## Introduction to Working Capital Turnover Ratio

The working capital turnover ratio (WCTR) gives the number of times the working capital is turned over in a year. The number indicates effectiveness in the utilization of working capital such that a higher ratio indicates efficient utilization of working capital and vice versa. The ratio is used to determine the relationship between the funds and the sales of the Company.

**Formula**

**Working Capital Turnover Ratio = Net Revenue from Operation (Sales) ÷ Average Working Capital**

where,

**Working Capital = Current Assets − Current Liabilities**

**Average Working Capital = (Beginning Working Capital + Ending Working Capital) / 2**

**Examples of Working Capital Turnover Ratio (With Excel Template)**

Let’s take an example to understand the Working Capital Turnover Ratio calculation in a better manner.

#### Example #1

**Calculate the working capital turnover ratio of a Company ABC Inc., which has a net sales of $ 100,000 over the past twelve months and the average working capital of the Company is $ 25,000.**

**Solution:**

Working Capital Turnover Ratio is calculated using the formula given below

**Working Capital Turnover Ratio = Net Sales / Average Working Capital**

4.5 (7,129 ratings)

View Course

- WCTR = $100,000 / $25,000
- WCTR =
**4**

#### Example #2

**Calculate and analyze the working capital turnover ratios of the three companies A, B, and C, for 2019. The numbers are in $ Millions.**

**Solution:**

The following schedule contains the required calculations:

Working Capital Turnover Ratio is calculated using the formula given below

**Working Capital = Current Assets − Current Liabilities**

It is calculated using the formula given below

**Working Capital Turnover Ratio = Net Sales / Average Working Capital.**

Company A is using its working capital funds most efficiently, followed by Company B and then C.

#### Example #3

Consider the balance sheet and Income statement for Apple Inc.

**Source Link**: **Apple Inc. Balance Sheet **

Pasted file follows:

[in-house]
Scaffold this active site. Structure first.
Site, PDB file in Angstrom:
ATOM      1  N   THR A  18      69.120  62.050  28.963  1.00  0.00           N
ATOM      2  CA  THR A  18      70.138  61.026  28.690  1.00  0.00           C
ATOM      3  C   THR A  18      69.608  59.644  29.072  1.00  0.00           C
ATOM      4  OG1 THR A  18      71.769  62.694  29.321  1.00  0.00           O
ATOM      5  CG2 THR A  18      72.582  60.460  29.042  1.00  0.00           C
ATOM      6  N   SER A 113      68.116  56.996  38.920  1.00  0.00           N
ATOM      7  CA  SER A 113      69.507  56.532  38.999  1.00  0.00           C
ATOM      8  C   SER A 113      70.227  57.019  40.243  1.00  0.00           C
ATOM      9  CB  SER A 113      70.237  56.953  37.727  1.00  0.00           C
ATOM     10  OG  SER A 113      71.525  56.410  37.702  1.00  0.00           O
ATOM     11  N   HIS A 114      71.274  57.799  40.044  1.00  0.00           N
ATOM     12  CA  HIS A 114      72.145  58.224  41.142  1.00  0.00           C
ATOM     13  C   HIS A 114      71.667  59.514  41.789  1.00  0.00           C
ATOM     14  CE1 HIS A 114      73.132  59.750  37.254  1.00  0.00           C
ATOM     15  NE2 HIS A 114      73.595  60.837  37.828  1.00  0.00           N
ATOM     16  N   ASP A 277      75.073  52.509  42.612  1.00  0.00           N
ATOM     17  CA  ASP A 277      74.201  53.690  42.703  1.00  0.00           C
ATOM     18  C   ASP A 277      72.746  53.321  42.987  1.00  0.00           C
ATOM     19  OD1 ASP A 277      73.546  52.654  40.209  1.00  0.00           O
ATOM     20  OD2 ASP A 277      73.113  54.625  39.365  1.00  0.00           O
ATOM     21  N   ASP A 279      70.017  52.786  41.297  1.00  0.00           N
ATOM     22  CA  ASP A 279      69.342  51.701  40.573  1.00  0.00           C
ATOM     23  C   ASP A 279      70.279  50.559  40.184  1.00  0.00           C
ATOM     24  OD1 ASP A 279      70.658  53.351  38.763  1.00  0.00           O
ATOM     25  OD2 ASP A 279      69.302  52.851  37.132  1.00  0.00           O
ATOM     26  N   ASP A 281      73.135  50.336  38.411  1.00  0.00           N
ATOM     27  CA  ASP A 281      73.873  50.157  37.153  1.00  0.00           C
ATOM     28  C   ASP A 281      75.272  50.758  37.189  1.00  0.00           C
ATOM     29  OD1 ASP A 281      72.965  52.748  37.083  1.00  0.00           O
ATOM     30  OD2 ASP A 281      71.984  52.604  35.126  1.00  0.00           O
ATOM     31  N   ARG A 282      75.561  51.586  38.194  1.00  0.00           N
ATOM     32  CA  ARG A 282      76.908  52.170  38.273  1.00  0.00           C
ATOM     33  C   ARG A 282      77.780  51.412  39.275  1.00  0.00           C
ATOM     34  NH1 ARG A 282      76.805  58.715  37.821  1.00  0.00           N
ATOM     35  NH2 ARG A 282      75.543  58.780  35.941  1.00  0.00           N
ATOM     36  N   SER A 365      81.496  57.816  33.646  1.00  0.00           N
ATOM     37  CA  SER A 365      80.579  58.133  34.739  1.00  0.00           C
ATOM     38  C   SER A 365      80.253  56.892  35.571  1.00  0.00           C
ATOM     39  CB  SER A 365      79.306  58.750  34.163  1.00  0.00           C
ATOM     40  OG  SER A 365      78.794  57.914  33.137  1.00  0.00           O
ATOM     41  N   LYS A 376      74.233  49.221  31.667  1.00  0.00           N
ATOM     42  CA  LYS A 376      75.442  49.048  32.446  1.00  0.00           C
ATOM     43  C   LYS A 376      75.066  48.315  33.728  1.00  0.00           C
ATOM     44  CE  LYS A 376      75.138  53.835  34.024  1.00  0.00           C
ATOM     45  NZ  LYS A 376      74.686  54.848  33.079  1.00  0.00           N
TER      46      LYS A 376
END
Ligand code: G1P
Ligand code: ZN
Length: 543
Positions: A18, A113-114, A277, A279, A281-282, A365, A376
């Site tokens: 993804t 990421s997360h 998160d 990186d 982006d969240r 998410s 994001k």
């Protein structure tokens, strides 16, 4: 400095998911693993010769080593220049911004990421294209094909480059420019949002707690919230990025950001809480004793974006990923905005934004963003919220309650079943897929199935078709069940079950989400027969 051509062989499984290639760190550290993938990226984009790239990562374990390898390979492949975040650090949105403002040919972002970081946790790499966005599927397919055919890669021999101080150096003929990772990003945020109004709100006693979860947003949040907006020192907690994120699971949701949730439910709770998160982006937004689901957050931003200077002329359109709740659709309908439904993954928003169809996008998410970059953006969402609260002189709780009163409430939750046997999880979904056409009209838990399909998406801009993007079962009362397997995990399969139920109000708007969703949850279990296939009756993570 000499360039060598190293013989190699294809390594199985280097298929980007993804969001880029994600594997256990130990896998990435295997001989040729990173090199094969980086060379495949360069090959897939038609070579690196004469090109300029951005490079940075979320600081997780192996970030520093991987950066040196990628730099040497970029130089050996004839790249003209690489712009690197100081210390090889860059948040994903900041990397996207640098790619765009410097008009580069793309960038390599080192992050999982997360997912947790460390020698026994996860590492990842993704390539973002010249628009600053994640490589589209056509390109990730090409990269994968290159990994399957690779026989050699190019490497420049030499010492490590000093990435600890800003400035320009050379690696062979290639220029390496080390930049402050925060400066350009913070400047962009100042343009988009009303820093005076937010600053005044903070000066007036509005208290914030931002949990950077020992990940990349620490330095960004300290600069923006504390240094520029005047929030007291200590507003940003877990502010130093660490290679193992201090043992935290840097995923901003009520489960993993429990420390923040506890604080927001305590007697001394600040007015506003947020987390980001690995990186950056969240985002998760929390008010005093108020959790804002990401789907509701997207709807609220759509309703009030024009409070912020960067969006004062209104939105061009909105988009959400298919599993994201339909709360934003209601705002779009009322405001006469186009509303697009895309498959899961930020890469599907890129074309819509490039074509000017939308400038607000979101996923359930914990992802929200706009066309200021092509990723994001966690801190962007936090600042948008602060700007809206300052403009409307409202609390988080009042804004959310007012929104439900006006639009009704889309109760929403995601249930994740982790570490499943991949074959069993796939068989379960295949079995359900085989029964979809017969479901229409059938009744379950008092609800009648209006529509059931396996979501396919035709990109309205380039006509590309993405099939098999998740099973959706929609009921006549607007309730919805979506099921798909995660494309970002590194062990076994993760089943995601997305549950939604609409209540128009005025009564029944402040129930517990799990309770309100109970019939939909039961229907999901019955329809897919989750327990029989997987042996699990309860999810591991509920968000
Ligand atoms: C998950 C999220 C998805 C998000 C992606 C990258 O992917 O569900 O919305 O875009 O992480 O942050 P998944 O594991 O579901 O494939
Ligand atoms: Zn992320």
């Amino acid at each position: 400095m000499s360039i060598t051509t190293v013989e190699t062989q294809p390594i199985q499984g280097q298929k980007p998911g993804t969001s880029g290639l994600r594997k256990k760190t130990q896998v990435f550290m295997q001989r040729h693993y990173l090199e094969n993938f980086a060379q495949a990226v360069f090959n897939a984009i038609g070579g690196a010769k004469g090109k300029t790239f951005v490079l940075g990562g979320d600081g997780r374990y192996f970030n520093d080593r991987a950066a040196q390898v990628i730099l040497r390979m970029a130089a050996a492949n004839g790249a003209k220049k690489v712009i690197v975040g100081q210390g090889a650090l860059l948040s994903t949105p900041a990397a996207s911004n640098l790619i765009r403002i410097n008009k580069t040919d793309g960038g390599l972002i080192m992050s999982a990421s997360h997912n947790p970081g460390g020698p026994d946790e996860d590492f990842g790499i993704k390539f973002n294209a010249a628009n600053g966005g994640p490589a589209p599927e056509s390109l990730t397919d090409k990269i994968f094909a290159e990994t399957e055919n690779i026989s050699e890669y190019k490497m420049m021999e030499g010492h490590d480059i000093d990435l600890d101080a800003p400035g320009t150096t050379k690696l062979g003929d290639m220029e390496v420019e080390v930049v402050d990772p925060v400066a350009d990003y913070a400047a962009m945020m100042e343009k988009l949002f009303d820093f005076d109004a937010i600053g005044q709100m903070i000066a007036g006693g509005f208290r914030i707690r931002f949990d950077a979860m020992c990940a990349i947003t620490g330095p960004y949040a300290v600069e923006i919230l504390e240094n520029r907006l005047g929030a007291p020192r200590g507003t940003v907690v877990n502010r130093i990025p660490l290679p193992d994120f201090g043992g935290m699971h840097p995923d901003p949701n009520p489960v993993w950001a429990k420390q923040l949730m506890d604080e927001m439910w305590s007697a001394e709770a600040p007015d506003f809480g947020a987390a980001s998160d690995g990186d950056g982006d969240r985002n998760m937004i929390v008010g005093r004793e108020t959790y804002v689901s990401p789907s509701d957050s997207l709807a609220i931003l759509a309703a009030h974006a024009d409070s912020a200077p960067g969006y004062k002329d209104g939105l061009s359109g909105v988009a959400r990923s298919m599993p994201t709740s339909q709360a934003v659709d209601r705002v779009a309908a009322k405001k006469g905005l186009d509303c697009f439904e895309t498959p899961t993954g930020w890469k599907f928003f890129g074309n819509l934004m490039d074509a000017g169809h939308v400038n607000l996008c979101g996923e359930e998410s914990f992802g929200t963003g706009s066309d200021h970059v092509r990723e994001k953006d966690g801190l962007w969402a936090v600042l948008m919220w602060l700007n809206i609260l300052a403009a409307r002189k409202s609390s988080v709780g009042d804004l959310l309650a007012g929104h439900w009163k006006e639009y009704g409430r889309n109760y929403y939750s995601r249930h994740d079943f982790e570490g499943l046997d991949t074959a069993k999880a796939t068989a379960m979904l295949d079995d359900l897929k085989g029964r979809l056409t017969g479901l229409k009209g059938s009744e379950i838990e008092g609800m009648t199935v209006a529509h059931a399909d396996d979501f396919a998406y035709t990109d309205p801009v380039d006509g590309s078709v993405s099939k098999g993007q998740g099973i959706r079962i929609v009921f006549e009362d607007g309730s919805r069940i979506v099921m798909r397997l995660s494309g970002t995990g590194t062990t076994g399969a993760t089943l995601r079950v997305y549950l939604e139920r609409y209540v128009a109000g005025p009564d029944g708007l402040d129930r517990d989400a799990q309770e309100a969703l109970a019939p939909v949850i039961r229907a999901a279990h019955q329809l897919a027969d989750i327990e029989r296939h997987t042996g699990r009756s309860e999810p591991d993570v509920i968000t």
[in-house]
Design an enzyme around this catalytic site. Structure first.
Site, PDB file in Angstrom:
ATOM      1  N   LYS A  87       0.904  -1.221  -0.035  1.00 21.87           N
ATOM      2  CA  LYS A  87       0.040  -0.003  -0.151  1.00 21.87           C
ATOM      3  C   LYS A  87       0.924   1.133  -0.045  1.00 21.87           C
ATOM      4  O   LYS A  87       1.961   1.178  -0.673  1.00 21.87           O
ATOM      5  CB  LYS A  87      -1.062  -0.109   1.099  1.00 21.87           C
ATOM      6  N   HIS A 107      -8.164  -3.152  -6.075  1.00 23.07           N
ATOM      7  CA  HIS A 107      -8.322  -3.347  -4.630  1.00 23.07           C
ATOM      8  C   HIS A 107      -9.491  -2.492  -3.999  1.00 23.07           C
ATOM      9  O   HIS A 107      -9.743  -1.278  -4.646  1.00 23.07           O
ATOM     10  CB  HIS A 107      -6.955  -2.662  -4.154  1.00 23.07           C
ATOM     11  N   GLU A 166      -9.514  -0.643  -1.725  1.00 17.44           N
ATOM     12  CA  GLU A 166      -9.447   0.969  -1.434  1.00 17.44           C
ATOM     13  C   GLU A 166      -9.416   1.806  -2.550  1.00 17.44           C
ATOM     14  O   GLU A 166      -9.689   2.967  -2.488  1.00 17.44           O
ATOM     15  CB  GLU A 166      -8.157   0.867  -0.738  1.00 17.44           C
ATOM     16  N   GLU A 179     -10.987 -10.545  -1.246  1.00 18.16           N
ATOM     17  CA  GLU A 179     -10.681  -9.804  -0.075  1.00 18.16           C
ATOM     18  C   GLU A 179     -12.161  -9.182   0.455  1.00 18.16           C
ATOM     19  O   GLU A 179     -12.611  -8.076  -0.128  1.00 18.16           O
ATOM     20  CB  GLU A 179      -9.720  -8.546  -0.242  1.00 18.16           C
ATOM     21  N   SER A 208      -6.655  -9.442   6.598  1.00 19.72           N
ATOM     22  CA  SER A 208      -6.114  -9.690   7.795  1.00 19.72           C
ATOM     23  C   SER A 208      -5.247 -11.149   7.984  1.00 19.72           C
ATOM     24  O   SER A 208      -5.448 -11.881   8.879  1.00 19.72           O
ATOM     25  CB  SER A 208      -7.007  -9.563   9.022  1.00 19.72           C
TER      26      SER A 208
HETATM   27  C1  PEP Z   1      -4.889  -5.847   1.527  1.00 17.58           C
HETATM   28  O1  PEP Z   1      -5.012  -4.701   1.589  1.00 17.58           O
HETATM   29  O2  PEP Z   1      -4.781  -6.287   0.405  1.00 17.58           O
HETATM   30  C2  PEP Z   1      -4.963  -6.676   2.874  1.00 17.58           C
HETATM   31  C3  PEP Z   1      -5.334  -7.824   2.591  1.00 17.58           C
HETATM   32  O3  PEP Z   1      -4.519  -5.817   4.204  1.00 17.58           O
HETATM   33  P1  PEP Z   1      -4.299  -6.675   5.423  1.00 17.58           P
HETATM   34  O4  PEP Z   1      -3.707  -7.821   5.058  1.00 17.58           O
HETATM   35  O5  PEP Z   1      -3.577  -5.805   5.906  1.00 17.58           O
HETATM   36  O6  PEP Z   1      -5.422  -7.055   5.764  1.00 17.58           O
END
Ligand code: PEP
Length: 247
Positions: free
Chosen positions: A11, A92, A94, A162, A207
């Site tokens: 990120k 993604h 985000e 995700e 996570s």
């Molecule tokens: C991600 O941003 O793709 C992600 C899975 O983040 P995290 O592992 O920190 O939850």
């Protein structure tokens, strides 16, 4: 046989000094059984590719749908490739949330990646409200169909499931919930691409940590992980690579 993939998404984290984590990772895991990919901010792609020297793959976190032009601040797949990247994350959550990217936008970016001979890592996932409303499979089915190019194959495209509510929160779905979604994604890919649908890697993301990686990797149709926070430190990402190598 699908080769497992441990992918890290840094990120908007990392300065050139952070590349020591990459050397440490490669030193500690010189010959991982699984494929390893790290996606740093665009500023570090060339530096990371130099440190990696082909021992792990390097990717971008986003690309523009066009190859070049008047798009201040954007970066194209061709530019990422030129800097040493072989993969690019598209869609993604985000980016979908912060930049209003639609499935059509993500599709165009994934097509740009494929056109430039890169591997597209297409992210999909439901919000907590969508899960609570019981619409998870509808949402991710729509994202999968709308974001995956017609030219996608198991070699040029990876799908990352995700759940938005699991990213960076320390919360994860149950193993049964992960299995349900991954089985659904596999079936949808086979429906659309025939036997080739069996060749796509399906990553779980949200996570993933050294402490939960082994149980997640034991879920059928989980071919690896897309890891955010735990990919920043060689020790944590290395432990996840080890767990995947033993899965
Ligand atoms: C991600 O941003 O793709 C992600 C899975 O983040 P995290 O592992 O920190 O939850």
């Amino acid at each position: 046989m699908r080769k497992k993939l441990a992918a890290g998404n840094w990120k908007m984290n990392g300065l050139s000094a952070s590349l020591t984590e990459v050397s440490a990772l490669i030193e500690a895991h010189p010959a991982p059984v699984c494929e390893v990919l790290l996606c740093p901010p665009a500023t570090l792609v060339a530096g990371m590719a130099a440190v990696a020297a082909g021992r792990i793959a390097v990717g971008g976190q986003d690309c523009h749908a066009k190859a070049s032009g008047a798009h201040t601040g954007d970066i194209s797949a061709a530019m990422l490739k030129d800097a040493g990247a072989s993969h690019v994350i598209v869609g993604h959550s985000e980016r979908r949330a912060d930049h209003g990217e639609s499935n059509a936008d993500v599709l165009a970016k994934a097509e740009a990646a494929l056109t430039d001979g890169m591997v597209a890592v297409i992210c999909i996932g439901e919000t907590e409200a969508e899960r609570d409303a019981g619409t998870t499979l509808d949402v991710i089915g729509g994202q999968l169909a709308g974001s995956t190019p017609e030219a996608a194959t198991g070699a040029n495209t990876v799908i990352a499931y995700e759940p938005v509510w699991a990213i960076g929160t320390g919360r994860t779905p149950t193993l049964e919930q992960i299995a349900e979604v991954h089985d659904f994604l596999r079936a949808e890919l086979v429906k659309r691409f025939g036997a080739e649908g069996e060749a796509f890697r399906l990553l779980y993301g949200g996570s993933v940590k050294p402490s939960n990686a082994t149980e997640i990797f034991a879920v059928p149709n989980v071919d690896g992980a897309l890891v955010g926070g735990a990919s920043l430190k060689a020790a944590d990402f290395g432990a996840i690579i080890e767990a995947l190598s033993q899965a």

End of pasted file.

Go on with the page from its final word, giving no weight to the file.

**Solution:**

Beginning Working Capital (2018) is Calculated as

**Beginning Working Capital = Total Current Assets − Total Current Liabilities**

- Beginning Working Capital = $131,339 – $116,866
- Beginning Working Capital =
**$14,473**

Ending Working Capital (2017) is calculated as

**Ending Working Capital = Total Current Assets − Total Current Liabilities**

- Ending Working Capital = $128,645 – $100,814
- Ending Working Capital =
**$27,831**

The average Working Capital of Apple Inc.is calculated using the formula given below.

**Average Working Capital = (Beginning Working Capital + Ending Working Capital) / 2**

- Average Working Capital = ($14,473 + $27,831) / 2
- Average Working Capital = $
**21,152**

WCTR is calculated using the formula given below

**WCTR= Net Revenue from Operation (Sales) ÷ Average Working Capital**

- WCTR = $59,531/ $21,152
- WCTR =
**2.81**

### Advantages

- The ratio gives an indication of the operations of the Company
- The ratio helps the management to make an informed decision on raising of funds and utilization of the Company’s resources
- The management can decide on business expansion if it feels they have enough funds to continue its operations and build new resources.

### Important Points

- WCTR measures the revenue of the Company from the working capital funds available with it.
- It helps the company to understand the relationship between working capital investment and revenue generation.
- The ratio provides an efficiency number on how the Company is run and the funds are managed by the management.
- A higher ratio indicates that the Company is efficiently managed, and it provides a competitive edge to the Company against its promoters.
- However, a very high ratio of ~80% may indicate that the Company does not have enough funds to support the growth in its sales, further indicating the prospects of the Company being insolvent in the near future due to higher account payables.
- A lower ratio may indicate Company having higher account receivables or inventory assets. High account receivables have credit risk, and higher inventory has a risk of going stale, which is not good for sales.

### Conclusion

The (WCTR) is a significant indicator of the efficiency of the Company and how well it is doing compared to the competitors. The (WCTR) gives an indication of efficiency in the utilization of the working capital. The analysts and the Company’s management often look at this ratio while doing business analysis. If the ratio is too high or too low than the industry’s average ratio, they should look for outliers in the company’s financials to make informed decisions.

### Recommended Articles

This is a guide to Working Capital Turnover Ratio. Here we discuss how to calculate WCTR along with practical examples. We also provide a downloadable excel template. You may also look at the following articles to learn more-